Astronomers say that one in six stars hosts an Earth-sized planet in a close orbit - suggesting a total of 17 billion such planets in the galaxy.
The result comes from an analysis of planet candidates gathered by the Kepler satellite-based telescope.
The Kepler team also announced 461 new planet candidates, bringing the satellites' total haul to 2740.
The findings were announced at the 221st meeting of the American Astronomical Society in California.
The results suggest that 17% of stars host a planet up to 1.25 times the size of the Earth, in close orbits lasting just 85 days or fewer - much like the planet Mercury.
That means our galaxy hosts at least 17 billion Earth-sized planets, according to Francois Fressin of the Harvard-Smithsonian Center for Astrophysics, who discovered the first Earth-sized planets.
Even as Dr Fressin reported an analysis of the most recent Kepler catalogue, it was increased substantially by results reported by Christopher Burke of the Seti Institute.
Dr Burke announced 461 new candidate planets, a substantial fraction of which were Earth-sized or not much larger - planets that have until now been particularly difficult to detect.
"What's particularly interesting is four new planets - less than twice the size of Earth - that are potentially in the habitable zone, the location around a star where it could potentially have liquid water to sustain life," Dr Burke told BBC News.
One of the four, dubbed KOI 172.02, is a mere 1.5 times the size of the Earth and around a star like our own Sun - perhaps as near as the current data allow to finding an "Earth 2.0".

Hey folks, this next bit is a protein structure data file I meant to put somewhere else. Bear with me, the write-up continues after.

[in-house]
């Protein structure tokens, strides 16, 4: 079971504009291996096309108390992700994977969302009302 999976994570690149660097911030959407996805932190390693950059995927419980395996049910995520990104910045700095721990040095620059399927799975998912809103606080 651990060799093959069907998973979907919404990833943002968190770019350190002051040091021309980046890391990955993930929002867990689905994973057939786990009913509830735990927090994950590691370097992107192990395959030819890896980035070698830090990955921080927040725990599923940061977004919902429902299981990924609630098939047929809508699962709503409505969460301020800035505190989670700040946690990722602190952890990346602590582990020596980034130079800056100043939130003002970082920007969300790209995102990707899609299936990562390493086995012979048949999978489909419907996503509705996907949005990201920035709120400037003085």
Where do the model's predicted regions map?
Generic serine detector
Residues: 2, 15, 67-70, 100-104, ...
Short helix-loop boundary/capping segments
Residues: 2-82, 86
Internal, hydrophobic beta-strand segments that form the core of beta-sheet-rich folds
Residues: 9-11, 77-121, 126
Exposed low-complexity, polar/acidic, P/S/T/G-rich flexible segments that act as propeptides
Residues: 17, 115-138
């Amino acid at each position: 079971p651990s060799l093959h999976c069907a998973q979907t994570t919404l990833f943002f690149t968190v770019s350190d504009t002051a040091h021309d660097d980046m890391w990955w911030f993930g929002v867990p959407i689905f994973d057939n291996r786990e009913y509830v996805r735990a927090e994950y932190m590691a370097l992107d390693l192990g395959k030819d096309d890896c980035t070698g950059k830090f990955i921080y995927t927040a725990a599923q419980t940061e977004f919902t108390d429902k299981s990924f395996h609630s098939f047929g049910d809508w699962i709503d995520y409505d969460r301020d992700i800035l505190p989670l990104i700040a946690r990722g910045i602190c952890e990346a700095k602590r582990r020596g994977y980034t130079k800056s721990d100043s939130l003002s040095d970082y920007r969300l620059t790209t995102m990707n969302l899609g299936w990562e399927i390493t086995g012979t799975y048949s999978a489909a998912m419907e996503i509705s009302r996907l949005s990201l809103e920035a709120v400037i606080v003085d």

"It's very exciting because we're really starting to pick up the sensitivity to these things in the habitable zone - we're just really getting to the frontier of potentially life-bearing planets."
Since its launch into orbit in 2009, Kepler has stared at a fixed part of the sky, peering at more than 150,000 stars in its field of view.
It detects the minute dip in light coming from a star if a planet passes in front of it, in what is called a transit.
But it is a tricky measurement to make, with the total light changing just tiny fractions of a percent, and not every dip in light is due to a planet.
So Dr Fressin set about trying to find out not only which Kepler candidates might not be planets, but also what planets might not have been visible to Kepler.
"We have to correct for two things - first [the Kepler candidate list] is incomplete," he told BBC News.
"We only see the planets that are transiting their host stars, stars that happen to have a planet that is well-aligned for us to see it, and [for each of those] there are dozens that do not."
"The second major correction is in the list of candidates - there are some that are not true planets transiting their host star, they are other astrophysical configurations."
These might include for example binary stars, where one star orbits another, blocking some of the light as the stars "transit" each other.
"We simulated all the possible configurations we could think of - and we found out that they could only account for 9.5% of Kepler planets, and all the rest are bona fide planets," Dr Fressin explained.
William Borucki, the driving force behind and principal investigator on the Kepler mission, said he was "delighted" by the fresh batch of results.
"The most important thing is the statistics - not to find one Earth but to find 100 Earths, that's what we'll be seeing as the years go on with the Kepler mission - because it was designed to find many Earths."